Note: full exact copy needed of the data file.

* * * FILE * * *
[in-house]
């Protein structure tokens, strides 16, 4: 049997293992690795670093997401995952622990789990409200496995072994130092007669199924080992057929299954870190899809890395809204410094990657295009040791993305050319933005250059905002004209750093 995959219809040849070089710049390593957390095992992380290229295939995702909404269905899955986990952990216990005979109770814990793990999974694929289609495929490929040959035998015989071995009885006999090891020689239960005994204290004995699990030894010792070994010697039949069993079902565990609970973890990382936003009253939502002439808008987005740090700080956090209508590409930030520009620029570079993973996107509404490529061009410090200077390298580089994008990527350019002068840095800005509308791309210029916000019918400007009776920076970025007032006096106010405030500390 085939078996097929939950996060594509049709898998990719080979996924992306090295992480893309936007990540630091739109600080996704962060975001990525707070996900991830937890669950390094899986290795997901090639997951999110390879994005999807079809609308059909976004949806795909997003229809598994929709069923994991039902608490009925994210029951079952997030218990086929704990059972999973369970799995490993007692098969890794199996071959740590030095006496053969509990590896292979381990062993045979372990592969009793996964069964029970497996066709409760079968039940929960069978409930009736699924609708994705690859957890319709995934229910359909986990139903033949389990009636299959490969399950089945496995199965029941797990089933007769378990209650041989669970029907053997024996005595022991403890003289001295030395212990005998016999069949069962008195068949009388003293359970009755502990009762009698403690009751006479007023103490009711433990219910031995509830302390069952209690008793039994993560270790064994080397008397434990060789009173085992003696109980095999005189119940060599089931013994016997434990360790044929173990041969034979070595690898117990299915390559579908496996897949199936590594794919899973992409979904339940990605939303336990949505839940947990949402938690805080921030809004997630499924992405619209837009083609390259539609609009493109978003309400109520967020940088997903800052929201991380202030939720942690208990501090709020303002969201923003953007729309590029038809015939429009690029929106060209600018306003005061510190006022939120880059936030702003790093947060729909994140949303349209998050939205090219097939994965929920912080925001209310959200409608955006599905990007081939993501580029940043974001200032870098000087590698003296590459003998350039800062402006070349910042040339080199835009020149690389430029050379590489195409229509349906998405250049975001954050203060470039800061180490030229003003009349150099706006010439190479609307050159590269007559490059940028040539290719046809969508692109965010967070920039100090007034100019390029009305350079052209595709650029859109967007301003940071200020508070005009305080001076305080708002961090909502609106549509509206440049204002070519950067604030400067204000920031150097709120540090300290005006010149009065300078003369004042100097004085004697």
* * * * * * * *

[in-house]
């Protein structure tokens, strides 16, 4: 049997293992690795670093997401995952622990789990409200496995072994130092007669199924080992057929299954870190899809890395809204410094990657295009040791993305050319933005250059905002004209750093 995959219809040849070089710049390593957390095992992380290229295939995702909404269905899955986990952990216990005979109770814990793990999974694929289609495929490929040959035998015989071995009885006999090891020689239960005994204290004995699990030894010792070994010697039949069993079902565990609970973890990382936003009253939502002439808008987005740090700080956090209508590409930030520009620029570079993973996107509404490529061009410090200077390298580089994008990527350019002068840095800005509308791309210029916000019918400007009776920076970025007032006096106010405030500390 085939078996097929939950996060594509049709898998990719080979996924992306090295992480893309936007990540630091739109600080996704962060975001990525707070996900991830937890669950390094899986290795997901090639997951999110390879994005999807079809609308059909976004949806795909997003229809598994929709069923994991039902608490009925994210029951079952997030218990086929704990059972999973369970799995490993007692098969890794199996071959740590030095006496053969509990590896292979381990062993045979372990592969009793996964069964029970497996066709409760079968039940929960069978409930009736699924609708994705690859957890319709995934229910359909986990139903033949389990009636299959490969399950089945496995199965029941797990089933007769378990209650041989669970029907053997024996005595022991403890003289001295030395212990005998016999069949069962008195068949009388003293359970009755502990009762009698403690009751006479007023103490009711433990219910031995509830302390069952209690008793039994993560270790064994080397008397434990060789009173085992003696109980095999005189119940060599089931013994016997434990360790044929173990041969034979070595690898117990299915390559579908496996897949199936590594794919899973992409979904339940990605939303336990949505839940947990949402938690805080921030809004997630499924992405619209837009083609390259539609609009493109978003309400109520967020940088997903800052929201991380202030939720942690208990501090709020303002969201923003953007729309590029038809015939429009690029929106060209600018306003005061510190006022939120880059936030702003790093947060729909994140949303349209998050939205090219097939994965929920912080925001209310959200409608955006599905990007081939993501580029940043974001200032870098000087590698003296590459003998350039800062402006070349910042040339080199835009020149690389430029050379590489195409229509349906998405250049975001954050203060470039800061180490030229003003009349150099706006010439190479609307050159590269007559490059940028040539290719046809969508692109965010967070920039100090007034100019390029009305350079052209595709650029859109967007301003940071200020508070005009305080001076305080708002961090909502609106549509509206440049204002070519950067604030400067204000920031150097709120540090300290005006010149009065300078003369004042100097004085004697």